2. In an introduction to a 1992 paper, Geoffrey Roberts writes: "Perhaps the only thing that can be salvaged from the wreckage of the orthodox interpretation of Litvinov's dismissal is some notion that, by appointing Molotov foreign minister, Stalin was preparing for the contingency of a possible deal with Hitler. In view of Litvinov's Jewish heritage and his militant anti-nazism, that is not an unreasonable supposition. But it is a hypothesis for which there is as yet no evidence. Moreover, we shall see that what evidence there is suggests that Stalin's decision was determined by a quite different set of circumstances and calculations"[23]
  3. According to Paul Flewers, Stalin's address to the eighteenth congress of the Communist Party of the Soviet Union on 10 March 1939 discounted any idea of German designs on the Soviet Union. Stalin had intended: "To be cautious and not allow our country to be drawn into conflicts by warmongers who are accustomed to have others pull the chestnuts out of the fire for them." This was intended to warn the Western powers that they could not necessarily rely upon the support of the Soviet Union. As Flewers put it, "Stalin was publicly making the none-too-subtle implication that some form of deal between the Soviet Union and Germany could not be ruled out."[28]


  1. Current Biography, 1941, p. 518.
  2. Rappaport (2010), pp. 136–137
  3. Rappaport (2010), p. 144
  4. Alleged nihilists arrested in Paris
  5. [1]
  6. Review; by Alan Bodger; The Slavonic and East European Review; Vol. 63, No. 4 (Oct., 1985), pp. 604
  7. Robert Service (2011). Spies and Commissars: The Bolshevik Revolution and the West. Pan Macmillan.<templatestyles src="Module:Citation/CS1/styles.css"></templatestyles>
  8. Litvinoff, Ambassador to England, Hopes They Will Compel 'a Democratic Peace.'
  9. Memoirs of a British Agent p201
  10. Wells, H. G. (1933). " The Shape of Things to Come. London: Hutchinson.<templatestyles src="Module:Citation/CS1/styles.css"></templatestyles>
  11. Memoirs of a British Agent p203
  12. Current Biography, 1941, pp 518–20.
  13. 13.0 13.1 Herf (2006), pp. 97–98
  14. Levin (1988), p. 330
  15. 15.0 15.1 15.2 15.3 Nekrich, Ulam & Freeze (1997), p. 109
  16. Resis (2000), p. 47
  17. Israeli (2003), p. 10
  18. 18.0 18.1 Nekrich, Ulam & Freeze (1997), p. 110
  19. Shirer (1990), pp. 480–1
  20. Ulam (1989), p. 508
  21. Herf (2006), p. 56
  22. Osborn (2000), p. xix
  23. Roberts (1992)
  24. 24.0 24.1 Resis (2000), p. 35
  25. Moss (2005), p. 283
  26. Gorodetsky (1994), p. 55
  27. 27.0 27.1 Resis (2000), p. 51
  28. From the Red Flag to the Union Jack: The Rise of Domestic Patriotism in the Communist Party of Great Britain 1995
  29. Watson (2000), p. 698
  30. Resis (2000), pp. 33–56
  31. Watson (2000), p. 699
  32. Brackman (2001), pp. 333–334
  33. Nekrich, Ulam & Freeze (1997), p. 119
  34. Israeli (2003), p. 110
  35. Harpo Speaks
  36. "Record from The Nomination Database for the Nobel Prize in Peace, 1901–1956". Nobel Foundation. Retrieved 2010-05-14.<templatestyles src="Module:Citation/CS1/styles.css"></templatestyles>[dead link]
  37. Tzouliadis (2009), pp. 306–307
  38. Tzouliadis (2009), p. 307
  39. Haslam (2011), p. 75
  40. Chuev & Resis (1993), p. 69
  41. Chuev & Resis (1993), p. 68


  • Brackman, Roman (2001), The Secret File of Joseph Stalin: a Hidden Life, London and Portland: Frank Cass Publishers, ISBN 0-7146-5050-1<templatestyles src="Module:Citation/CS1/styles.css"></templatestyles>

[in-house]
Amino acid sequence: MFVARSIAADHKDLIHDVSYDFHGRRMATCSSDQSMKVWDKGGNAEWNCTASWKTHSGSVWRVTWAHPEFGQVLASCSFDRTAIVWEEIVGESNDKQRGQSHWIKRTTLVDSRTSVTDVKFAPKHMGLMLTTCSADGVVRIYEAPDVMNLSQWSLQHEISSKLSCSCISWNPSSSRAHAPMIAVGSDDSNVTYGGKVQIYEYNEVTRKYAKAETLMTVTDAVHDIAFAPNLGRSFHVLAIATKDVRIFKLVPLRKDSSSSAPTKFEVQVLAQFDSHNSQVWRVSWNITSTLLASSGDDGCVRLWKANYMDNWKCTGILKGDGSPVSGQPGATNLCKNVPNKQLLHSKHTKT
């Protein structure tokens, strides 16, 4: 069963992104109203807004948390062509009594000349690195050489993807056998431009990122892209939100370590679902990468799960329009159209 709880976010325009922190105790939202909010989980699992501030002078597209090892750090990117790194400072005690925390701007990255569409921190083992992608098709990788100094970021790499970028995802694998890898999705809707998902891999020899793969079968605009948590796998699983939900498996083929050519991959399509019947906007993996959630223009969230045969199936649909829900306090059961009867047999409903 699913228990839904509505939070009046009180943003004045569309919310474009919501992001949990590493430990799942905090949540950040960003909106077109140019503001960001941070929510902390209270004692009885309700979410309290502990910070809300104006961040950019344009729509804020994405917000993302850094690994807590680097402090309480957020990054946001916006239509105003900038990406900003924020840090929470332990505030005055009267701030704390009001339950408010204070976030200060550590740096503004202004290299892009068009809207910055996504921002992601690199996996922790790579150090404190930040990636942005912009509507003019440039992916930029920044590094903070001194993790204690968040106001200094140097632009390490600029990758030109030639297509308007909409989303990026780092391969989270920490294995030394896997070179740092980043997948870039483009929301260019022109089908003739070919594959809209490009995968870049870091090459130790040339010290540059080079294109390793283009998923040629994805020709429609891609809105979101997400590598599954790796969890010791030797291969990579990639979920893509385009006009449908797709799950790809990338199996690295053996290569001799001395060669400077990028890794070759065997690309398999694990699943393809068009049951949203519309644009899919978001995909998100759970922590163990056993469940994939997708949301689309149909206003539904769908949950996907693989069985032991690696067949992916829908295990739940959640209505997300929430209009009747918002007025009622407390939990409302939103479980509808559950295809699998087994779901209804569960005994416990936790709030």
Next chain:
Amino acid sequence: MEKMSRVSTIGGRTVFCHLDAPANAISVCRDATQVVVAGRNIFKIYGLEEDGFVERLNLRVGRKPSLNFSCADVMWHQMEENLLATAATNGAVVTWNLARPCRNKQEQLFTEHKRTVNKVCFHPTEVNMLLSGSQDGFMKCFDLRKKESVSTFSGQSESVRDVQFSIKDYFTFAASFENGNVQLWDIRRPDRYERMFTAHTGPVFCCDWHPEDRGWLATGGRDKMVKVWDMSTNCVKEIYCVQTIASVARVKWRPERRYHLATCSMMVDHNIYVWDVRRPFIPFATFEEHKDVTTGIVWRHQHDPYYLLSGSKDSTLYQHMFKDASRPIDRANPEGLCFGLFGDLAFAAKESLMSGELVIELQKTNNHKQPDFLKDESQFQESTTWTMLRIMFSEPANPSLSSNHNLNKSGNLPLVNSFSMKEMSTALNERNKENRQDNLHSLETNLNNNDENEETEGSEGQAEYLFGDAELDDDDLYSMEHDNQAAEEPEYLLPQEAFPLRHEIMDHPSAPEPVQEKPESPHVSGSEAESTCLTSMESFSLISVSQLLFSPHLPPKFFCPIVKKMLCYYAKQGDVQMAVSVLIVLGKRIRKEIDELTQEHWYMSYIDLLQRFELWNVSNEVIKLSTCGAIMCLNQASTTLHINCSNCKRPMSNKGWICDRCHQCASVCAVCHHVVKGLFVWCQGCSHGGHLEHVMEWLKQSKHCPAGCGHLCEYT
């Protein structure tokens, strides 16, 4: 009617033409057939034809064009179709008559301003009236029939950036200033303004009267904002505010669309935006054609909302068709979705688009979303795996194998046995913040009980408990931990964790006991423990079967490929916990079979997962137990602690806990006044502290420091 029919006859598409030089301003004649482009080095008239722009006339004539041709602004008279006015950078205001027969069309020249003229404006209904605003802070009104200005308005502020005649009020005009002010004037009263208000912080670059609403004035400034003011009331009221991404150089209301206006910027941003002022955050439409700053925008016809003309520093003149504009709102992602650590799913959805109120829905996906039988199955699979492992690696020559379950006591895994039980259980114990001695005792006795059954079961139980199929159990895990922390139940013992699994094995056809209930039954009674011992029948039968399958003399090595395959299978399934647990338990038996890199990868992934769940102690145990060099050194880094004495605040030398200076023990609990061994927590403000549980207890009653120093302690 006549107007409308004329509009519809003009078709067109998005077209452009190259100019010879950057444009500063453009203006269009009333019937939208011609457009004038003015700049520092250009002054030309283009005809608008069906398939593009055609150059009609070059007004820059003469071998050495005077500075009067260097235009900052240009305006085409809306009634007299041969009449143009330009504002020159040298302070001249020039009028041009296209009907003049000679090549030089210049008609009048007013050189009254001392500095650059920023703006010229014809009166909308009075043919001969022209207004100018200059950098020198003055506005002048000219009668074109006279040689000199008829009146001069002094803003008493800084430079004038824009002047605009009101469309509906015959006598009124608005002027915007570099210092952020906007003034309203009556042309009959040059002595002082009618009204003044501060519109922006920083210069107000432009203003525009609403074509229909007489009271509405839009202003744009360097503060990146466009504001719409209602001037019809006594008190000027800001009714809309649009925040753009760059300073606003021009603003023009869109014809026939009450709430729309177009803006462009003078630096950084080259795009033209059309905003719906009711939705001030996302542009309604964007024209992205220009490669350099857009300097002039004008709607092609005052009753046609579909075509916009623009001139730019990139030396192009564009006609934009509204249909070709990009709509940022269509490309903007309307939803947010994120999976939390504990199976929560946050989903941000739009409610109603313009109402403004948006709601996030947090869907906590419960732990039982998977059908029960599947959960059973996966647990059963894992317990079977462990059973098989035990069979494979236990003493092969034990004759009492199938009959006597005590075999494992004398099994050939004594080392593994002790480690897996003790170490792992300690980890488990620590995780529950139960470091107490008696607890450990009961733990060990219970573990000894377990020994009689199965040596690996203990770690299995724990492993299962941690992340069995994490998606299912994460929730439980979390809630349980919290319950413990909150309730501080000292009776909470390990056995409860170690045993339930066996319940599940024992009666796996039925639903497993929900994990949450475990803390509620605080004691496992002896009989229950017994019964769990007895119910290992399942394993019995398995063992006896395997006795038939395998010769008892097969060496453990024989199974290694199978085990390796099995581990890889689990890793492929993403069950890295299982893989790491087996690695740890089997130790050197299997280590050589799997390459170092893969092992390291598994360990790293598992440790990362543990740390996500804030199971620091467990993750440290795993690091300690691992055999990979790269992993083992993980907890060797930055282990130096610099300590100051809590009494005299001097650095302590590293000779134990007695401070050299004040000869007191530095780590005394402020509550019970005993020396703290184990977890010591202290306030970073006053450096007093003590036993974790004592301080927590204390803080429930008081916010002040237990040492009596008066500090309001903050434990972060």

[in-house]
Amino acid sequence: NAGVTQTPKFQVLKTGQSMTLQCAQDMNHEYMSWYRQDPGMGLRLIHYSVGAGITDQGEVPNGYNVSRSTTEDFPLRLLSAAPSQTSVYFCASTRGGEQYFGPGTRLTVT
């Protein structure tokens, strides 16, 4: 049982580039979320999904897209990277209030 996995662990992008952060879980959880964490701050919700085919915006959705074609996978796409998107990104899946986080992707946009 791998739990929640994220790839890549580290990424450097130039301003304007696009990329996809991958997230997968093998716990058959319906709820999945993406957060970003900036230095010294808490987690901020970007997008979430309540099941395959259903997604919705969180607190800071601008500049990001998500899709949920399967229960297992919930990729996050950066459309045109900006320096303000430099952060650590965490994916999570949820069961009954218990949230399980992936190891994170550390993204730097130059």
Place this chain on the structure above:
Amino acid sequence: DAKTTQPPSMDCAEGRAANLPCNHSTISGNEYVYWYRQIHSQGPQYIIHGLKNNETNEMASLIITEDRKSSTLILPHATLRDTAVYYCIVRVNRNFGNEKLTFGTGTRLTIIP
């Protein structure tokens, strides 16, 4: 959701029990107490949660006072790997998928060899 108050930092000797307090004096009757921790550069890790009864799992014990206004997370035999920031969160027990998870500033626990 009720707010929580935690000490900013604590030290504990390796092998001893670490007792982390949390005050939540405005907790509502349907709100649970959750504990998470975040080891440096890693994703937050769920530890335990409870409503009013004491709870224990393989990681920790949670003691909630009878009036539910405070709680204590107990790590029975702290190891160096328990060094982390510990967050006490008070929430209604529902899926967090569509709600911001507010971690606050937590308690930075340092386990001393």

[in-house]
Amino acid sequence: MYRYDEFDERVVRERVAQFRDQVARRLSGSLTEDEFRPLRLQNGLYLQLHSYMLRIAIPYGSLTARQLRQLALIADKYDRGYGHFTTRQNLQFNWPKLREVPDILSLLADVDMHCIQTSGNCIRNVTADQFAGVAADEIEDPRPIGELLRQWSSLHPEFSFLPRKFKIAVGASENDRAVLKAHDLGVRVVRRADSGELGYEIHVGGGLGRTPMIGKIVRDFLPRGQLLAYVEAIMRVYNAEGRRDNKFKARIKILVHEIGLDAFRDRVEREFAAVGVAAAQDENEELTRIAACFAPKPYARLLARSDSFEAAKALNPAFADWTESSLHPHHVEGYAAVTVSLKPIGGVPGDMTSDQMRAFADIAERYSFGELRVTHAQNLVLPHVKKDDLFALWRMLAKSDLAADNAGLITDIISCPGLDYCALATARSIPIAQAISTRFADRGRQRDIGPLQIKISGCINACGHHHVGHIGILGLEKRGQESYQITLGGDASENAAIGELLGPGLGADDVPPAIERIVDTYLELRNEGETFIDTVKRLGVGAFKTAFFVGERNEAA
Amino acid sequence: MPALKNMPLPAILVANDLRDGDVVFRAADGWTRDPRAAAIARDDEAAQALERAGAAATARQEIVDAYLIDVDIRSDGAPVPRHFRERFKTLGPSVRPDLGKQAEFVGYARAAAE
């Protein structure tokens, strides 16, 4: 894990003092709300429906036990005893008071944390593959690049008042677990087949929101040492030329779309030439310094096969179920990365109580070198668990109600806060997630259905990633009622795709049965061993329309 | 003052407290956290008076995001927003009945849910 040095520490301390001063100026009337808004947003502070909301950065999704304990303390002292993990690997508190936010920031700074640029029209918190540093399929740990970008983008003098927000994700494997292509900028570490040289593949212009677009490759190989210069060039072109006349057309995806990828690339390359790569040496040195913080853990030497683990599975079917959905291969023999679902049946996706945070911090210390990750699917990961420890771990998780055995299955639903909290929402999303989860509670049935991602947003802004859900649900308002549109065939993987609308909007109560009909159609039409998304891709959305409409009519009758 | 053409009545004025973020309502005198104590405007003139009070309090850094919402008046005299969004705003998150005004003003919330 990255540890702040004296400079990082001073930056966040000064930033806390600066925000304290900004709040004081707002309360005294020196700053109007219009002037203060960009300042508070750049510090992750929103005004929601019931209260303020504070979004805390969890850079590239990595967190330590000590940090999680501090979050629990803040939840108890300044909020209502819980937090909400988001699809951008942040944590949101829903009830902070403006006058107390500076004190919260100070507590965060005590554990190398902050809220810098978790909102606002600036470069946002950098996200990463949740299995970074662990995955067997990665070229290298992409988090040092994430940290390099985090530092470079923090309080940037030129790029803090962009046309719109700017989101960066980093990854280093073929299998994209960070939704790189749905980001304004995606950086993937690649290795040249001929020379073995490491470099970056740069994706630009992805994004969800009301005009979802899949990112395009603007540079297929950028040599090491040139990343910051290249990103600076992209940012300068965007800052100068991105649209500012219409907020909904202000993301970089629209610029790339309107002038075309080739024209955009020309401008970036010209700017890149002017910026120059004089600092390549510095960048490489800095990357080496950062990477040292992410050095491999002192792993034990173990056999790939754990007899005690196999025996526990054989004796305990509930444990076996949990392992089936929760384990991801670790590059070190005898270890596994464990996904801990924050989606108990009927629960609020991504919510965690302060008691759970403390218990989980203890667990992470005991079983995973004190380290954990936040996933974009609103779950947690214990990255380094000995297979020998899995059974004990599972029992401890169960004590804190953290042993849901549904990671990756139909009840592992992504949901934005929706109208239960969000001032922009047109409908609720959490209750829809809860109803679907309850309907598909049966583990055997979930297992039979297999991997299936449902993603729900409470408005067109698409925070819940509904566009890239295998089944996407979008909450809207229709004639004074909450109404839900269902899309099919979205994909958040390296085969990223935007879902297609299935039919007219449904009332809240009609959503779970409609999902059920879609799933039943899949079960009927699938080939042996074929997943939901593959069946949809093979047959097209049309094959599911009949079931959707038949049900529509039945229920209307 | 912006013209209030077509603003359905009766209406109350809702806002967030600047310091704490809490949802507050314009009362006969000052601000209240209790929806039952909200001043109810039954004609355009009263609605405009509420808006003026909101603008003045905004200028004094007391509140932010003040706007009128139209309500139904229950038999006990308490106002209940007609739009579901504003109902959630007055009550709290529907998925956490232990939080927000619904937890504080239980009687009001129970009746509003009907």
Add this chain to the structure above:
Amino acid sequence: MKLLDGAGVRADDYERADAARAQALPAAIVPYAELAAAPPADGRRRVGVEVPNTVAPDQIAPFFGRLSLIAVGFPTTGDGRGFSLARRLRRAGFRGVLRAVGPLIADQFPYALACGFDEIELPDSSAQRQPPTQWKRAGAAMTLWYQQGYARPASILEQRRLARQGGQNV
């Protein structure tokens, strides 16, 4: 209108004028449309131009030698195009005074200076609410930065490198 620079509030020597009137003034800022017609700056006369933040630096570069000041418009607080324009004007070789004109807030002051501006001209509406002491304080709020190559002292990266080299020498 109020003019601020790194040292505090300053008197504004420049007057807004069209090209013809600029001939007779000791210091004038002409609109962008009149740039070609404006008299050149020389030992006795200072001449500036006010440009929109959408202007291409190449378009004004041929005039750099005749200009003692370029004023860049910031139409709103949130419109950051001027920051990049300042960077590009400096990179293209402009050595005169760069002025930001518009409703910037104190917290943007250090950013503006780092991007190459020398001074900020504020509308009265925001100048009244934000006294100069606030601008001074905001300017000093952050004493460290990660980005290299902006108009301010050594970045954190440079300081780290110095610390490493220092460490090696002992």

• Chuev, Felix; Resis, Albert (1993), Molotov Remembers, Chicago, IL: Ivan R. Dee<templatestyles src="Module:Citation/CS1/styles.css"></templatestyles>
  • Gorodetsky, Gabriel (1994), Soviet Foreign Policy, 1917–1991: a Retrospective, Routledge, ISBN 0-7146-4506-0<templatestyles src="Module:Citation/CS1/styles.css"></templatestyles>
  • Haslam, Jonathan (2011), Russia's Cold War: From the October Revolution to the Fall of the Wall, Yale University Press<templatestyles src="Module:Citation/CS1/styles.css"></templatestyles>
  • Herf, Jeffrey (2006), The Jewish Enemy: Nazi Propaganda During World War II and the Holocaust, Harvard University Press, ISBN 0-674-02175-4<templatestyles src="Module:Citation/CS1/styles.css"></templatestyles>
  • Israeli, Viktor Levonovich (2003), On the Battlefields of the Cold War: A Soviet Ambassador's Confession, Penn State Press, ISBN 0-271-02297-3<templatestyles src="Module:Citation/CS1/styles.css"></templatestyles>
  • Levin, Nora (1988), The Jews in the Soviet Union Since 1917: Paradox of Survival, NYU Press, ISBN 0-8147-5051-6<templatestyles src="Module:Citation/CS1/styles.css"></templatestyles>
  • Lockhart, Bruce (2002), Memoirs of a British Agent – Being an account of the author's early life in many lands and of his official mission to Moscow in 1918, Pan Books, ISBN 978-0330414937<templatestyles src="Module:Citation/CS1/styles.css"></templatestyles>
  • Moss, Walter (2005), A History of Russia: Since 1855, Anthem Press, ISBN 1-84331-034-1<templatestyles src="Module:Citation/CS1/styles.css"></templatestyles>
  • Nekrich, Aleksandr Moiseevich; Ulam, Adam Bruno; Freeze, Gregory L. (1997), Pariahs, Partners, Predators: German-Soviet Relations, 1922–1941, Columbia University Press, ISBN 0-231-10676-9<templatestyles src="Module:Citation/CS1/styles.css"></templatestyles>
  • Osborn, Patrick R. (2000), Operation Pike: Britain Versus the Soviet Union, 1939–1941, Greenwood Publishing Group, ISBN 0-313-31368-7<templatestyles src="Module:Citation/CS1/styles.css"></templatestyles>
  • Rappaport, Helen (2010), Conspirator: Lenin in Exile, The Making of a Revolutionary, Windmill Books, ISBN 978-0-09-953723-6<templatestyles src="Module:Citation/CS1/styles.css"></templatestyles>
  • Resis, Albert (2000), "The Fall of Litvinov: Harbinger of the German-Soviet Non-Aggression Pact", Europe-Asia Studies, 52 (1)<templatestyles src="Module:Citation/CS1/styles.css"></templatestyles>
  • Lua error in Module:Citation/CS1/Identifiers at line 47: attempt to index field 'wikibase' (a nil value).
  • Shirer, William L. (1990), The Rise and Fall of the Third Reich: A History of Nazi Germany, Simon and Schuster, ISBN 0-671-72868-7<templatestyles src="Module:Citation/CS1/styles.css"></templatestyles>
  • Tzouliadis, Tim (2009), The Forsaken, London: Abacus<templatestyles src="Module:Citation/CS1/styles.css"></templatestyles>
  • Watson, Derek (2000), "Molotov's Apprenticeship in Foreign Policy: The Triple Alliance Negotiations in 1939", Europe-Asia Studies, 52 (4)<templatestyles src="Module:Citation/CS1/styles.css"></templatestyles>
  • Ulam, Adam Bruno (1989), Stalin: The Man and His Era, Beacon Press, ISBN 0-8070-7005-X<templatestyles src="Module:Citation/CS1/styles.css"></templatestyles>


External links

Political offices
Preceded by
Georgy Chicherin
People's Commissar for Foreign Affairs
Succeeded by
Vyacheslav Molotov